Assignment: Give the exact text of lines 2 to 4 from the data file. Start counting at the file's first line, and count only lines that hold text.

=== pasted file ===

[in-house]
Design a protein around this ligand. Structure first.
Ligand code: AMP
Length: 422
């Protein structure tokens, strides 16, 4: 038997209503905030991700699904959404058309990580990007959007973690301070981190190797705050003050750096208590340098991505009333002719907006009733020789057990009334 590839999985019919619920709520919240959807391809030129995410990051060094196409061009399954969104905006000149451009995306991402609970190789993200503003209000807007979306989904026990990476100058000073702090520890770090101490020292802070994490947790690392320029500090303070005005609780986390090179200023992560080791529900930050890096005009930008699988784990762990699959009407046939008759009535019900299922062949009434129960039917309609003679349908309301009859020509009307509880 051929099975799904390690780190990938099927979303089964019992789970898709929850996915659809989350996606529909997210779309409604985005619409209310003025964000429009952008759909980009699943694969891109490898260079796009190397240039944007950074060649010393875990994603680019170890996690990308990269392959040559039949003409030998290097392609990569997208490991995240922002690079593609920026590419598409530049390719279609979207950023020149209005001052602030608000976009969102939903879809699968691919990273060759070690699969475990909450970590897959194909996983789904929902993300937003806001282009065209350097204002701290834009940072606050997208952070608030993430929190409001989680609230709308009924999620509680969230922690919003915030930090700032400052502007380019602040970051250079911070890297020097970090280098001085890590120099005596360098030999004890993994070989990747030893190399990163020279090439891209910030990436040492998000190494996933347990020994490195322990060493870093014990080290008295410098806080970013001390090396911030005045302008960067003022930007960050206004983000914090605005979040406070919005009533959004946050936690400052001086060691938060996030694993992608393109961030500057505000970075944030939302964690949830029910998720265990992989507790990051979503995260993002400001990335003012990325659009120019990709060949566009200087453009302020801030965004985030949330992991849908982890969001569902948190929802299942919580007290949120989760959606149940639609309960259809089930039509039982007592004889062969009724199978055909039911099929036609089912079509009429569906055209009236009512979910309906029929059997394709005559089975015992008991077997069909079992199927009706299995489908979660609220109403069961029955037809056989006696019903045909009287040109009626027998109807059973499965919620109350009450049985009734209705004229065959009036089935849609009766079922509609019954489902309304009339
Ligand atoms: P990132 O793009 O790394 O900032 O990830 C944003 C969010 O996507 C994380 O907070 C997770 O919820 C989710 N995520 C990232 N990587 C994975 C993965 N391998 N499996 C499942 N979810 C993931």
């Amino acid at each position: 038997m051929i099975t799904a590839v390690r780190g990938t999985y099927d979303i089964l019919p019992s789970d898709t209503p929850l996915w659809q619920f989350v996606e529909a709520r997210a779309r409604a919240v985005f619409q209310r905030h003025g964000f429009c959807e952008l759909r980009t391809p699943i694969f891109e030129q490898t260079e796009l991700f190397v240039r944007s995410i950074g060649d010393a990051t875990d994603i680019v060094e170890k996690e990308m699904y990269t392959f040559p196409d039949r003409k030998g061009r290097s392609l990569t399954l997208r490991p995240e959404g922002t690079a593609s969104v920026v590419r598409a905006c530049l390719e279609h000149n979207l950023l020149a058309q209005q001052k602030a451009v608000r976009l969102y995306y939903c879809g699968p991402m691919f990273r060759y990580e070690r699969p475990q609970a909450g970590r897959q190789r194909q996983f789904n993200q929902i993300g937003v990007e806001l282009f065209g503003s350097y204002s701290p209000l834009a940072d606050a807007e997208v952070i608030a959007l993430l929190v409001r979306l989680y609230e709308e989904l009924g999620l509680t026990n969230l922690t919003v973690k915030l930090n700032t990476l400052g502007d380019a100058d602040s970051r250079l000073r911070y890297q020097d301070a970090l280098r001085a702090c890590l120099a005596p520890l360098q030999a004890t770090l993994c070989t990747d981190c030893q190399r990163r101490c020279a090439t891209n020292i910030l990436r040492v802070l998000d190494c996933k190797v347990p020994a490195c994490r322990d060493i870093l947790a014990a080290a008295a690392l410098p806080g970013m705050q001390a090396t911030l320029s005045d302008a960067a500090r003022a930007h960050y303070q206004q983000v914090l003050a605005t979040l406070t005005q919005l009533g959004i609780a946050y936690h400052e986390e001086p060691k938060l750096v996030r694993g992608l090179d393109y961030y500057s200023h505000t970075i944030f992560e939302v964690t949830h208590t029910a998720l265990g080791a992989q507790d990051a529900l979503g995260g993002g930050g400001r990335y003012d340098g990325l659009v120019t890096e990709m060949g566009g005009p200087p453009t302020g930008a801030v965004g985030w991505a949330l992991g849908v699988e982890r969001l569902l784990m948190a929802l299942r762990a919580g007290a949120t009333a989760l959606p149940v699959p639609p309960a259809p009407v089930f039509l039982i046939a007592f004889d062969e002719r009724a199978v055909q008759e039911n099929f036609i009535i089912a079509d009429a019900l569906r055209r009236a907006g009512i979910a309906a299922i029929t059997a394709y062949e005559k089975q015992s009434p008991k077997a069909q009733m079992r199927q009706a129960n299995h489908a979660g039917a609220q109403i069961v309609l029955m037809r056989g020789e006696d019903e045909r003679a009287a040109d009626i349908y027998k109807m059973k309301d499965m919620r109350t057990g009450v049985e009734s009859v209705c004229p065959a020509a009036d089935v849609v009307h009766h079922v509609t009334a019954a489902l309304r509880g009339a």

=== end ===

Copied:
Design a protein around this ligand. Structure first.
Ligand code: AMP
Length: 422